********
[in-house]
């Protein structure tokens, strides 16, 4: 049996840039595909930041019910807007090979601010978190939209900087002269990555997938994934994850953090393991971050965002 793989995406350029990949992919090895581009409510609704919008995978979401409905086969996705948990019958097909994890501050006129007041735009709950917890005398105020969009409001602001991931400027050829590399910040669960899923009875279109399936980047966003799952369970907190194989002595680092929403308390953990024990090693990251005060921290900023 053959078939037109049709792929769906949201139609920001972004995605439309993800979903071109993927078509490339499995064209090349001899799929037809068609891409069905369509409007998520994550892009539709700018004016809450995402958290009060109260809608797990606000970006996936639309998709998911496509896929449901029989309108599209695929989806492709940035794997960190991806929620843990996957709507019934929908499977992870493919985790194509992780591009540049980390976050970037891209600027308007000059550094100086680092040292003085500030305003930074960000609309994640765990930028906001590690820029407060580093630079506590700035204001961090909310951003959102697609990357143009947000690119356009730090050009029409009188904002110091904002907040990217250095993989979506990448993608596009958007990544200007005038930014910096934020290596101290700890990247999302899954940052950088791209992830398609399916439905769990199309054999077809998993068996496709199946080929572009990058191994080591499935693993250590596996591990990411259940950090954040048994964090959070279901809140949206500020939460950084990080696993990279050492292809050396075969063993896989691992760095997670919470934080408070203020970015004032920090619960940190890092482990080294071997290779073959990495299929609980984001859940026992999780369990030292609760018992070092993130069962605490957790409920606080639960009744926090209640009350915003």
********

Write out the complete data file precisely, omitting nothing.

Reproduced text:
[in-house]
């Protein structure tokens, strides 16, 4: 049996840039595909930041019910807007090979601010978190939209900087002269990555997938994934994850953090393991971050965002 793989995406350029990949992919090895581009409510609704919008995978979401409905086969996705948990019958097909994890501050006129007041735009709950917890005398105020969009409001602001991931400027050829590399910040669960899923009875279109399936980047966003799952369970907190194989002595680092929403308390953990024990090693990251005060921290900023 053959078939037109049709792929769906949201139609920001972004995605439309993800979903071109993927078509490339499995064209090349001899799929037809068609891409069905369509409007998520994550892009539709700018004016809450995402958290009060109260809608797990606000970006996936639309998709998911496509896929449901029989309108599209695929989806492709940035794997960190991806929620843990996957709507019934929908499977992870493919985790194509992780591009540049980390976050970037891209600027308007000059550094100086680092040292003085500030305003930074960000609309994640765990930028906001590690820029407060580093630079506590700035204001961090909310951003959102697609990357143009947000690119356009730090050009029409009188904002110091904002907040990217250095993989979506990448993608596009958007990544200007005038930014910096934020290596101290700890990247999302899954940052950088791209992830398609399916439905769990199309054999077809998993068996496709199946080929572009990058191994080591499935693993250590596996591990990411259940950090954040048994964090959070279901809140949206500020939460950084990080696993990279050492292809050396075969063993896989691992760095997670919470934080408070203020970015004032920090619960940190890092482990080294071997290779073959990495299929609980984001859940026992999780369990030292609760018992070092993130069962605490957790409920606080639960009744926090209640009350915003």